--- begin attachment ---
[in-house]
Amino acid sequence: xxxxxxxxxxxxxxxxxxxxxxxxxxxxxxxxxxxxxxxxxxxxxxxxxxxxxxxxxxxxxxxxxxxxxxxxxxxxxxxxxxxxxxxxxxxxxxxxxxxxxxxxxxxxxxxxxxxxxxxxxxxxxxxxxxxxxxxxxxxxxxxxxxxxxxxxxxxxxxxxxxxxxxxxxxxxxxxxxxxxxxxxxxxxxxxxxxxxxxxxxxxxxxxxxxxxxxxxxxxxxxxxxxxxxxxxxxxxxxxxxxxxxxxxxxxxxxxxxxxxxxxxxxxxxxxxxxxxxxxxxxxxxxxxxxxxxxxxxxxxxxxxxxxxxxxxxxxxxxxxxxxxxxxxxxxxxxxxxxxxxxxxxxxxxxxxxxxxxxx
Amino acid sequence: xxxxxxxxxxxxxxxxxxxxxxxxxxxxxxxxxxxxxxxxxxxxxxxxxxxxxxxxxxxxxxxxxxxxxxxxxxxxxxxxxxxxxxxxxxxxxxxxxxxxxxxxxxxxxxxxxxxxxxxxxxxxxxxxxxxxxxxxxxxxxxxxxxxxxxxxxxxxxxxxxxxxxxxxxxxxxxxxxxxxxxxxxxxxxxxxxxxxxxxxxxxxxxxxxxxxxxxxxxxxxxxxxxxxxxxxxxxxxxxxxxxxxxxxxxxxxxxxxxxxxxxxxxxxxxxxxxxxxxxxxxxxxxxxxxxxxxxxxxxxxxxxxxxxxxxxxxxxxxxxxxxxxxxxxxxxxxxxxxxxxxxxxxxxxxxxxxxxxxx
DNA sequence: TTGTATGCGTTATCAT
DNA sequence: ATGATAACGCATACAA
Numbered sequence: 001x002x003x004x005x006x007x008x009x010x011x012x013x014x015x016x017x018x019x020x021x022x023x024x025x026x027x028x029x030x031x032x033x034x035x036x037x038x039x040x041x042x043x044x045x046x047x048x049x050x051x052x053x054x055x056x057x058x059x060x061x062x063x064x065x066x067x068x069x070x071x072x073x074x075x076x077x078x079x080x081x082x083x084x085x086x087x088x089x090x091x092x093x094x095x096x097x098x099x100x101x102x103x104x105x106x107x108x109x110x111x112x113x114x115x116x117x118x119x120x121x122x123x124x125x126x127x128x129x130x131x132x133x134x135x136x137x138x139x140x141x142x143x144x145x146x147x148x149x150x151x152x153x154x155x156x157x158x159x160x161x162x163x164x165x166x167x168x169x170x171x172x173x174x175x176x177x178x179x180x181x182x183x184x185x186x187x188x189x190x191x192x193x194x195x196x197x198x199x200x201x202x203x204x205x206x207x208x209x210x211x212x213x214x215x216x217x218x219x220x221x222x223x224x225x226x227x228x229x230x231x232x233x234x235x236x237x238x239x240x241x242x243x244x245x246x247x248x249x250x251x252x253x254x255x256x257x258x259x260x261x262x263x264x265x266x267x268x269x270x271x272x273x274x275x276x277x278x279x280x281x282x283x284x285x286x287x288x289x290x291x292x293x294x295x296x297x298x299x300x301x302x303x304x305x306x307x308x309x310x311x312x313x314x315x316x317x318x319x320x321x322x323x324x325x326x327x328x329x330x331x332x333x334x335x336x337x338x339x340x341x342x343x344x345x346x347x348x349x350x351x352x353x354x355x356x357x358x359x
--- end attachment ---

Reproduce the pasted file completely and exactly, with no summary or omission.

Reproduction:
[in-house]
Amino acid sequence: xxxxxxxxxxxxxxxxxxxxxxxxxxxxxxxxxxxxxxxxxxxxxxxxxxxxxxxxxxxxxxxxxxxxxxxxxxxxxxxxxxxxxxxxxxxxxxxxxxxxxxxxxxxxxxxxxxxxxxxxxxxxxxxxxxxxxxxxxxxxxxxxxxxxxxxxxxxxxxxxxxxxxxxxxxxxxxxxxxxxxxxxxxxxxxxxxxxxxxxxxxxxxxxxxxxxxxxxxxxxxxxxxxxxxxxxxxxxxxxxxxxxxxxxxxxxxxxxxxxxxxxxxxxxxxxxxxxxxxxxxxxxxxxxxxxxxxxxxxxxxxxxxxxxxxxxxxxxxxxxxxxxxxxxxxxxxxxxxxxxxxxxxxxxxxxxxxxxxxx
Amino acid sequence: xxxxxxxxxxxxxxxxxxxxxxxxxxxxxxxxxxxxxxxxxxxxxxxxxxxxxxxxxxxxxxxxxxxxxxxxxxxxxxxxxxxxxxxxxxxxxxxxxxxxxxxxxxxxxxxxxxxxxxxxxxxxxxxxxxxxxxxxxxxxxxxxxxxxxxxxxxxxxxxxxxxxxxxxxxxxxxxxxxxxxxxxxxxxxxxxxxxxxxxxxxxxxxxxxxxxxxxxxxxxxxxxxxxxxxxxxxxxxxxxxxxxxxxxxxxxxxxxxxxxxxxxxxxxxxxxxxxxxxxxxxxxxxxxxxxxxxxxxxxxxxxxxxxxxxxxxxxxxxxxxxxxxxxxxxxxxxxxxxxxxxxxxxxxxxxxxxxxxxx
DNA sequence: TTGTATGCGTTATCAT
DNA sequence: ATGATAACGCATACAA
Numbered sequence: 001x002x003x004x005x006x007x008x009x010x011x012x013x014x015x016x017x018x019x020x021x022x023x024x025x026x027x028x029x030x031x032x033x034x035x036x037x038x039x040x041x042x043x044x045x046x047x048x049x050x051x052x053x054x055x056x057x058x059x060x061x062x063x064x065x066x067x068x069x070x071x072x073x074x075x076x077x078x079x080x081x082x083x084x085x086x087x088x089x090x091x092x093x094x095x096x097x098x099x100x101x102x103x104x105x106x107x108x109x110x111x112x113x114x115x116x117x118x119x120x121x122x123x124x125x126x127x128x129x130x131x132x133x134x135x136x137x138x139x140x141x142x143x144x145x146x147x148x149x150x151x152x153x154x155x156x157x158x159x160x161x162x163x164x165x166x167x168x169x170x171x172x173x174x175x176x177x178x179x180x181x182x183x184x185x186x187x188x189x190x191x192x193x194x195x196x197x198x199x200x201x202x203x204x205x206x207x208x209x210x211x212x213x214x215x216x217x218x219x220x221x222x223x224x225x226x227x228x229x230x231x232x233x234x235x236x237x238x239x240x241x242x243x244x245x246x247x248x249x250x251x252x253x254x255x256x257x258x259x260x261x262x263x264x265x266x267x268x269x270x271x272x273x274x275x276x277x278x279x280x281x282x283x284x285x286x287x288x289x290x291x292x293x294x295x296x297x298x299x300x301x302x303x304x305x306x307x308x309x310x311x312x313x314x315x316x317x318x319x320x321x322x323x324x325x326x327x328x329x330x331x332x333x334x335x336x337x338x339x340x341x342x343x344x345x346x347x348x349x350x351x352x353x354x355x356x357x358x359x